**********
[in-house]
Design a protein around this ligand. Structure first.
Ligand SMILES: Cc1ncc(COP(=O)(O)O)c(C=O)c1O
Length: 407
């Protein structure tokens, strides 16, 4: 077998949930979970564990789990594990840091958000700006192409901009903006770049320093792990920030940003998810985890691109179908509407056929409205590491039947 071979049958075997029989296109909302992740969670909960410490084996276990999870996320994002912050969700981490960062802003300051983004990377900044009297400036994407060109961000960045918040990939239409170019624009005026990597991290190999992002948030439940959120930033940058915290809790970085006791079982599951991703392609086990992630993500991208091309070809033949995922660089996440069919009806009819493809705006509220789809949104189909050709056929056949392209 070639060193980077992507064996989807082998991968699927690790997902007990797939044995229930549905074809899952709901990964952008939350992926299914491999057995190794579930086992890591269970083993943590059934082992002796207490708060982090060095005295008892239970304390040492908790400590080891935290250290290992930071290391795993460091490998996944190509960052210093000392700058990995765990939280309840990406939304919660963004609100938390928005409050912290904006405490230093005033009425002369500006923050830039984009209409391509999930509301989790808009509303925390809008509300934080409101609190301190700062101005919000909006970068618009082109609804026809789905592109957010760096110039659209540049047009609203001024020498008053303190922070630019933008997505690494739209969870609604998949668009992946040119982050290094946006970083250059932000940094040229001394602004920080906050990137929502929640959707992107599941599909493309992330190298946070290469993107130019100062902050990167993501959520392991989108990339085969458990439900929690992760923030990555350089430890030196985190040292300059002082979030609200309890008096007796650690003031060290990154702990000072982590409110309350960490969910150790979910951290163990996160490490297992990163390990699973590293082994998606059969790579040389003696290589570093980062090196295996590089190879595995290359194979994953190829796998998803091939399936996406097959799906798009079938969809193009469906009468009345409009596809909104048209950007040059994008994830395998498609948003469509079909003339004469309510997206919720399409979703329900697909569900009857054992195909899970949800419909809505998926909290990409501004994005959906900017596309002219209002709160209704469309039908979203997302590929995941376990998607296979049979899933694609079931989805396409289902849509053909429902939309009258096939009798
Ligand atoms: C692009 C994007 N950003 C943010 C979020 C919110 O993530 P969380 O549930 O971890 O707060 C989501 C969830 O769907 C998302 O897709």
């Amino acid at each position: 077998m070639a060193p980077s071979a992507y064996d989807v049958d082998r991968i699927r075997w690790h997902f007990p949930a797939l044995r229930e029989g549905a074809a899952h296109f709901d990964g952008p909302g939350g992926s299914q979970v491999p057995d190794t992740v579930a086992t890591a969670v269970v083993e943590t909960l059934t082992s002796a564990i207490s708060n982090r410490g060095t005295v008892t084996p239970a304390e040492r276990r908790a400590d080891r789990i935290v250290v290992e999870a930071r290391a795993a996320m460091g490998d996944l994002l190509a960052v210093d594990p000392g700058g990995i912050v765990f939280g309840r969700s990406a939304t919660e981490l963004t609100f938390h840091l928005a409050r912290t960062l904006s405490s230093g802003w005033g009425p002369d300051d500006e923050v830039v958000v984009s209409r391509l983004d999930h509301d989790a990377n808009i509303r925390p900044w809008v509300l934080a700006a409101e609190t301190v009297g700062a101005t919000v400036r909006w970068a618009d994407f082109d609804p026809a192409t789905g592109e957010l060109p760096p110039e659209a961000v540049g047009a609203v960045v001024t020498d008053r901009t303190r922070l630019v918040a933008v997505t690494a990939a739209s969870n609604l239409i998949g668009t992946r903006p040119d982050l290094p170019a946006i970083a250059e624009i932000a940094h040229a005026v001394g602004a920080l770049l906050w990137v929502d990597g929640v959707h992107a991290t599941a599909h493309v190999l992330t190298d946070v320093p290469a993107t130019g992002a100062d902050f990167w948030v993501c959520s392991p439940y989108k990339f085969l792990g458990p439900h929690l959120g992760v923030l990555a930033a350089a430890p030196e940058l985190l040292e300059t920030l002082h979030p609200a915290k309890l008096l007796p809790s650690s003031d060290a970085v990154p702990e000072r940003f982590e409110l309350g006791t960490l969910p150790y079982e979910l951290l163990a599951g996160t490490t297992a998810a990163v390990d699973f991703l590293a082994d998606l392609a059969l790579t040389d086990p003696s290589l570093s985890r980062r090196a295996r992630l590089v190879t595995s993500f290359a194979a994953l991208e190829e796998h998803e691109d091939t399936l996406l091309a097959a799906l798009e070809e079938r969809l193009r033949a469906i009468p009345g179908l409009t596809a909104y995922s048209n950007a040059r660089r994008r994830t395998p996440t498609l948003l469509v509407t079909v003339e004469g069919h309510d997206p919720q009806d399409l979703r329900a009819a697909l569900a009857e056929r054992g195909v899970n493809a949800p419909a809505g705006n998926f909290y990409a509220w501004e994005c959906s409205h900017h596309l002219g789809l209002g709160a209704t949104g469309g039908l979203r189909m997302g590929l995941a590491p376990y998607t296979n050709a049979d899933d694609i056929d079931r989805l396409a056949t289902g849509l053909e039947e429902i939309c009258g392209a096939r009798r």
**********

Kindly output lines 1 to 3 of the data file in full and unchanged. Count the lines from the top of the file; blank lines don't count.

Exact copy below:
[in-house]
Design a protein around this ligand. Structure first.
Ligand SMILES: Cc1ncc(COP(=O)(O)O)c(C=O)c1O